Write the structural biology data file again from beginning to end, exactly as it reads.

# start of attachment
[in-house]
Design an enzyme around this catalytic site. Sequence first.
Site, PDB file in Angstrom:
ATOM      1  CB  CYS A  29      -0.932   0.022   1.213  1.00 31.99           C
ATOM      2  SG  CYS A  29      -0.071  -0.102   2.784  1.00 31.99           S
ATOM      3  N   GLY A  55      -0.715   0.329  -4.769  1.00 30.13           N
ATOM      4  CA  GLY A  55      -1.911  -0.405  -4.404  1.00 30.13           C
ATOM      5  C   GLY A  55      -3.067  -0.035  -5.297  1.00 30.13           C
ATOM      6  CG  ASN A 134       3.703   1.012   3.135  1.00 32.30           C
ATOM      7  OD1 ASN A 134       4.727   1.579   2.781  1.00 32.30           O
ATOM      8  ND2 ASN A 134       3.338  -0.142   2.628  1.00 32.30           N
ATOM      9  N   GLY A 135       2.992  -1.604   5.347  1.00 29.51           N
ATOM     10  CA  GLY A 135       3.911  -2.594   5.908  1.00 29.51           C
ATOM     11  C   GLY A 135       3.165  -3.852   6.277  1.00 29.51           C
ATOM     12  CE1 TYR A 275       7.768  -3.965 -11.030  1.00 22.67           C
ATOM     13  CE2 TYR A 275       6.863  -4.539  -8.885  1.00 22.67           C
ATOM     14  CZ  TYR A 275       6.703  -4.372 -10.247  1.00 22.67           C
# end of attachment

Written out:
[in-house]
Design an enzyme around this catalytic site. Sequence first.
Site, PDB file in Angstrom:
ATOM      1  CB  CYS A  29      -0.932   0.022   1.213  1.00 31.99           C
ATOM      2  SG  CYS A  29      -0.071  -0.102   2.784  1.00 31.99           S
ATOM      3  N   GLY A  55      -0.715   0.329  -4.769  1.00 30.13           N
ATOM      4  CA  GLY A  55      -1.911  -0.405  -4.404  1.00 30.13           C
ATOM      5  C   GLY A  55      -3.067  -0.035  -5.297  1.00 30.13           C
ATOM      6  CG  ASN A 134       3.703   1.012   3.135  1.00 32.30           C
ATOM      7  OD1 ASN A 134       4.727   1.579   2.781  1.00 32.30           O
ATOM      8  ND2 ASN A 134       3.338  -0.142   2.628  1.00 32.30           N
ATOM      9  N   GLY A 135       2.992  -1.604   5.347  1.00 29.51           N
ATOM     10  CA  GLY A 135       3.911  -2.594   5.908  1.00 29.51           C
ATOM     11  C   GLY A 135       3.165  -3.852   6.277  1.00 29.51           C
ATOM     12  CE1 TYR A 275       7.768  -3.965 -11.030  1.00 22.67           C
ATOM     13  CE2 TYR A 275       6.863  -4.539  -8.885  1.00 22.67           C
ATOM     14  CZ  TYR A 275       6.703  -4.372 -10.247  1.00 22.67           C